Spring time is prime snake spotting season as males seek out females to mate with. Remember: snakes don‚Äôt want to be near humans any more than humans generally want to be near snakes, so being proactive and keeping a cool head if one crosses your path will help keep you and your pets safe. Most people and pets that get bitten by snakes are bitten when they disturb, frighten or try to move the snake.
Keeping snakes away from you and your pets
¬∑ Keep grass low
¬∑ Remove any rubbish piles, wood piles
¬∑ Clear away objects snakes might like to hide e.g. sheets of corrugated metal
¬∑ Keep your dog on a leash if walking, especially near water
¬∑ Avoid long, grassy areas
¬∑ Keep cats indoors with access to a snake-proof enclosure.
If you see a snake at home:
¬∑ Walk away slowly
¬∑ Keep an eye on it from a safe distance
¬∑ Secure your pets
¬∑ Do NOT try to catch or kill the snake
¬∑ If the snake seems to be hanging around and you want it removed, call a licensed snake handler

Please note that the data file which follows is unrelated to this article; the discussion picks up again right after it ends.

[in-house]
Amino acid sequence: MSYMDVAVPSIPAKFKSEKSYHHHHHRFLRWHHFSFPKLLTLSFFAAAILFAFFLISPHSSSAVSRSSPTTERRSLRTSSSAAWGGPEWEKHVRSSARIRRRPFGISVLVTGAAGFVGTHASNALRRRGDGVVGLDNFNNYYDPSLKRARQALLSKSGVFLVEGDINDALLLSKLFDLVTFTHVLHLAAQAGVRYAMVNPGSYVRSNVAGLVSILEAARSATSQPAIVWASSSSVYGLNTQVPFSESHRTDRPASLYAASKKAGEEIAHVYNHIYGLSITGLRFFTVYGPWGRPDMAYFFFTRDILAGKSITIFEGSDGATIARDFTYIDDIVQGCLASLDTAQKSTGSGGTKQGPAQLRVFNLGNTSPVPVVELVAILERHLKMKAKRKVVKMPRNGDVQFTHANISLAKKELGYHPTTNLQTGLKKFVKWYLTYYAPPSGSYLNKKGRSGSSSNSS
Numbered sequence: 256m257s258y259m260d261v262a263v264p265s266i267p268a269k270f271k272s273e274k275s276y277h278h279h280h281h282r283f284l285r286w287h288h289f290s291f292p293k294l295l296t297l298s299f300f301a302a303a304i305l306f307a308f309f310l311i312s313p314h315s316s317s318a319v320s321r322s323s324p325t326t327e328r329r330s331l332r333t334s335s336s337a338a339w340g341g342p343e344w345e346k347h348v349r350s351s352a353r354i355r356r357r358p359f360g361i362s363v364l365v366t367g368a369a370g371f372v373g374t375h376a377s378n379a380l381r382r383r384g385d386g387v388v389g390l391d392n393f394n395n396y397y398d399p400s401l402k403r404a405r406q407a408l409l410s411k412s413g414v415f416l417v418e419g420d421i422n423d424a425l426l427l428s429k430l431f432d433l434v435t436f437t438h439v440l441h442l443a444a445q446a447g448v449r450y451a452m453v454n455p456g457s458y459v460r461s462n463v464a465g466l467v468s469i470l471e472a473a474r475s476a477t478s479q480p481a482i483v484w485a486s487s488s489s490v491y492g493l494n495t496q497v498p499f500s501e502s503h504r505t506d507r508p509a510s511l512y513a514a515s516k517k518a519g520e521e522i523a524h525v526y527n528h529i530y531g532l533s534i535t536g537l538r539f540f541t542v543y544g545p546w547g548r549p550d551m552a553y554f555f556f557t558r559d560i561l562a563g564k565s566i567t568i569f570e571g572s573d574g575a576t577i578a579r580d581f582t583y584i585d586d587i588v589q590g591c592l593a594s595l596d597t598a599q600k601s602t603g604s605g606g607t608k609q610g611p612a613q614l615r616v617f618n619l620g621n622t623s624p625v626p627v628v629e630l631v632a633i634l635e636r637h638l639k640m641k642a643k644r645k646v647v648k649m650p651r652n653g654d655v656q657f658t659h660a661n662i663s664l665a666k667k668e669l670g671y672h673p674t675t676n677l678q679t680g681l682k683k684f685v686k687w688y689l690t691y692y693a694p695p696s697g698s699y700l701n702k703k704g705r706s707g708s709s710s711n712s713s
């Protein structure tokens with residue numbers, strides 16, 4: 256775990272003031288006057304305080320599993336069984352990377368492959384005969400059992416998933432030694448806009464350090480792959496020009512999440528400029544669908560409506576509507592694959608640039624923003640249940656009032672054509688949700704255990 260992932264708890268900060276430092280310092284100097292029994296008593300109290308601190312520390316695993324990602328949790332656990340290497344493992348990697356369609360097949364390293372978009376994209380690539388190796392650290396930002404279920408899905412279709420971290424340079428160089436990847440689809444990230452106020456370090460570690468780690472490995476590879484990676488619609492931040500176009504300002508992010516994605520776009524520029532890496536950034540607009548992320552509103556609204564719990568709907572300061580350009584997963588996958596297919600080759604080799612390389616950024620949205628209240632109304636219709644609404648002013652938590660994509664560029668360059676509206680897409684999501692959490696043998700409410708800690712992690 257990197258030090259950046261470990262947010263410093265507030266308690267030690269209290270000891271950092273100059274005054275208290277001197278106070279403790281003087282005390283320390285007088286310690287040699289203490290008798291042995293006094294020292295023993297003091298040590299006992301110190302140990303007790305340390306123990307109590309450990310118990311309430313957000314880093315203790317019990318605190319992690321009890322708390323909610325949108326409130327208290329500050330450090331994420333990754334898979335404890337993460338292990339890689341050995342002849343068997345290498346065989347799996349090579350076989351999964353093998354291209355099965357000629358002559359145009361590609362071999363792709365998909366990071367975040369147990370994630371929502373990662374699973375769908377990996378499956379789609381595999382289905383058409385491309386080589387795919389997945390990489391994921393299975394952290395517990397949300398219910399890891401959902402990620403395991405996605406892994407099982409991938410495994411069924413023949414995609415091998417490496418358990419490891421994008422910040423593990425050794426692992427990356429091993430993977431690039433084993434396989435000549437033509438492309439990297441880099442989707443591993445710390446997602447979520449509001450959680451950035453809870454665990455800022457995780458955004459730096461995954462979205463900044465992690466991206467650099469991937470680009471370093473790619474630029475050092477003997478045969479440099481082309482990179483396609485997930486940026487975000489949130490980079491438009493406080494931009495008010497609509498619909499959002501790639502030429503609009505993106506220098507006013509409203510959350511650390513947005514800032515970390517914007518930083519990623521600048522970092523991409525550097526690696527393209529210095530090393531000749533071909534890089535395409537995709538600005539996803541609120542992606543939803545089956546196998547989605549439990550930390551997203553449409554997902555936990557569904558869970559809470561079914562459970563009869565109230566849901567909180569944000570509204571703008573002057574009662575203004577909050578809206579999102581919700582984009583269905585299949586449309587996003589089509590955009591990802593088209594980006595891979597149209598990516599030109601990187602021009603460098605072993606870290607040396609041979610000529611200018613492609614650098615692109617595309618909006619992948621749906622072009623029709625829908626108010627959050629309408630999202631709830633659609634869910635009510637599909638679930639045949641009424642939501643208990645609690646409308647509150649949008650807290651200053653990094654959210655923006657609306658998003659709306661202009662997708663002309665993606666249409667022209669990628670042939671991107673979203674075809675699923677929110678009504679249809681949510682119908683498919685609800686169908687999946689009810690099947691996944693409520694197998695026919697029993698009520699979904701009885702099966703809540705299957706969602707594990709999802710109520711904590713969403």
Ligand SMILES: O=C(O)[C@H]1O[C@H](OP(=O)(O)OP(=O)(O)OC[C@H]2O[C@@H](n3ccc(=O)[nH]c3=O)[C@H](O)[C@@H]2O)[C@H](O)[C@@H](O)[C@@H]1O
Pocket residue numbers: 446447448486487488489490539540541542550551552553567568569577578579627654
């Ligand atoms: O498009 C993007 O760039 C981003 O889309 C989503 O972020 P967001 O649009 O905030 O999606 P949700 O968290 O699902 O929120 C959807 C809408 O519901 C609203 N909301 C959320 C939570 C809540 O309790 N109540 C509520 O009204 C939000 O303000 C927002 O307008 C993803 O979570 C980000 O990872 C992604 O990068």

¬∑ If the snake is in your house, close the door to the room and place a towel in front of the closed door to prevent it exiting before you call the handler.
Signs of snake bite in your pet:
¬∑ Sudden weakness followed by collapse
¬∑ Shaking or twitching of the muscles and difficulty blinking
¬∑ Loss of bladder and bowel control
¬∑ Dilated pupils
¬∑ Blood in urine
If your pet is bitten:
¬∑ Keep them calm and quiet
¬∑ Take them to the vet immediately
¬∑ Early treatment will help the chances of recovery
¬∑ Get advice from your vet on how to stabilise your pet if you are some distance away from the clinic
¬∑ Do NOT wash the wound or apply a tourniquet
¬∑ If you can identify the snake, tell your vet. Otherwise a blood or urine test can help determine what snake is responsible and which anti-venom to give.